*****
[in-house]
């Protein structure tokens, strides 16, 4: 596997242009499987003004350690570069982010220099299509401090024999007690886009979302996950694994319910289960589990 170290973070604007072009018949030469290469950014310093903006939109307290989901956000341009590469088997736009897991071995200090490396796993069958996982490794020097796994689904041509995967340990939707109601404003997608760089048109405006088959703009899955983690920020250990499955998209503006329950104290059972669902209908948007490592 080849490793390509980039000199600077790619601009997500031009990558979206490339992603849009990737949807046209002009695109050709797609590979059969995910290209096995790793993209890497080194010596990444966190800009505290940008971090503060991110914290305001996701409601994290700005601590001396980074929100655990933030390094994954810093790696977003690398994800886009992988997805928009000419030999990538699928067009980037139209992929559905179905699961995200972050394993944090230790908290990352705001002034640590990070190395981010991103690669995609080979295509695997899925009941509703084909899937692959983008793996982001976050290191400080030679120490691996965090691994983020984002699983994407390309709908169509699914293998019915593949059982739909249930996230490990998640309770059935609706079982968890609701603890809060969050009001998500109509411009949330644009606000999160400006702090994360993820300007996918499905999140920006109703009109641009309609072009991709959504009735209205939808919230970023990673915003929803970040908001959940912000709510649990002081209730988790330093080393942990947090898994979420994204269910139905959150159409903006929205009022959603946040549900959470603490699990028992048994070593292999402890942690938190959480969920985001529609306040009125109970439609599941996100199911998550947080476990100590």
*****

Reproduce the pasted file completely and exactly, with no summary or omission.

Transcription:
[in-house]
């Protein structure tokens, strides 16, 4: 596997242009499987003004350690570069982010220099299509401090024999007690886009979302996950694994319910289960589990 170290973070604007072009018949030469290469950014310093903006939109307290989901956000341009590469088997736009897991071995200090490396796993069958996982490794020097796994689904041509995967340990939707109601404003997608760089048109405006088959703009899955983690920020250990499955998209503006329950104290059972669902209908948007490592 080849490793390509980039000199600077790619601009997500031009990558979206490339992603849009990737949807046209002009695109050709797609590979059969995910290209096995790793993209890497080194010596990444966190800009505290940008971090503060991110914290305001996701409601994290700005601590001396980074929100655990933030390094994954810093790696977003690398994800886009992988997805928009000419030999990538699928067009980037139209992929559905179905699961995200972050394993944090230790908290990352705001002034640590990070190395981010991103690669995609080979295509695997899925009941509703084909899937692959983008793996982001976050290191400080030679120490691996965090691994983020984002699983994407390309709908169509699914293998019915593949059982739909249930996230490990998640309770059935609706079982968890609701603890809060969050009001998500109509411009949330644009606000999160400006702090994360993820300007996918499905999140920006109703009109641009309609072009991709959504009735209205939808919230970023990673915003929803970040908001959940912000709510649990002081209730988790330093080393942990947090898994979420994204269910139905959150159409903006929205009022959603946040549900959470603490699990028992048994070593292999402890942690938190959480969920985001529609306040009125109970439609599941996100199911998550947080476990100590």